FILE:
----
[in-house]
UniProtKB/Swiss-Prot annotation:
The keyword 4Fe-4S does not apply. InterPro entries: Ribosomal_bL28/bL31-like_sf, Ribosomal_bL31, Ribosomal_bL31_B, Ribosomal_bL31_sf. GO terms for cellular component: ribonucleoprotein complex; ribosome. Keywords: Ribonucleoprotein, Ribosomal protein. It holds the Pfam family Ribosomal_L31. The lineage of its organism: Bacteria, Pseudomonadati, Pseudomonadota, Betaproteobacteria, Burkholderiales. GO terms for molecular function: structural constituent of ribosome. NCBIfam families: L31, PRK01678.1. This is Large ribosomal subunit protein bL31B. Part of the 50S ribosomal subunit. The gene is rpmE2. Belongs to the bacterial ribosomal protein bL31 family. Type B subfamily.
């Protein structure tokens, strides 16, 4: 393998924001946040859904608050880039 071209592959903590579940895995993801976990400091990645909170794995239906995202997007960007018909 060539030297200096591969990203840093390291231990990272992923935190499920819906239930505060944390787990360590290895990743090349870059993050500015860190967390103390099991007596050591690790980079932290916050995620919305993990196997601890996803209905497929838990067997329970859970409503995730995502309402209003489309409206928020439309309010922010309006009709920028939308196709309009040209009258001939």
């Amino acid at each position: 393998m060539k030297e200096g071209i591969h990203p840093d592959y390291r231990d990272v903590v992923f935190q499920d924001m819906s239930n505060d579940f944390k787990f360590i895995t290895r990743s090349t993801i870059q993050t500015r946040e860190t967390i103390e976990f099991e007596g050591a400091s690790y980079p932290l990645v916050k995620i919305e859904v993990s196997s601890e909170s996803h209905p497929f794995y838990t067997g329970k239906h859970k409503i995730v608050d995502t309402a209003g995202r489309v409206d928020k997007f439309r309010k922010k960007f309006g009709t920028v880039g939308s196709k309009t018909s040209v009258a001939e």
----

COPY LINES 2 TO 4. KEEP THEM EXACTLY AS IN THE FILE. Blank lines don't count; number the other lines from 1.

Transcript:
UniProtKB/Swiss-Prot annotation:
The keyword 4Fe-4S does not apply. InterPro entries: Ribosomal_bL28/bL31-like_sf, Ribosomal_bL31, Ribosomal_bL31_B, Ribosomal_bL31_sf. GO terms for cellular component: ribonucleoprotein complex; ribosome. Keywords: Ribonucleoprotein, Ribosomal protein. It holds the Pfam family Ribosomal_L31. The lineage of its organism: Bacteria, Pseudomonadati, Pseudomonadota, Betaproteobacteria, Burkholderiales. GO terms for molecular function: structural constituent of ribosome. NCBIfam families: L31, PRK01678.1. This is Large ribosomal subunit protein bL31B. Part of the 50S ribosomal subunit. The gene is rpmE2. Belongs to the bacterial ribosomal protein bL31 family. Type B subfamily.
């Protein structure tokens, strides 16, 4: 393998924001946040859904608050880039 071209592959903590579940895995993801976990400091990645909170794995239906995202997007960007018909 060539030297200096591969990203840093390291231990990272992923935190499920819906239930505060944390787990360590290895990743090349870059993050500015860190967390103390099991007596050591690790980079932290916050995620919305993990196997601890996803209905497929838990067997329970859970409503995730995502309402209003489309409206928020439309309010922010309006009709920028939308196709309009040209009258001939």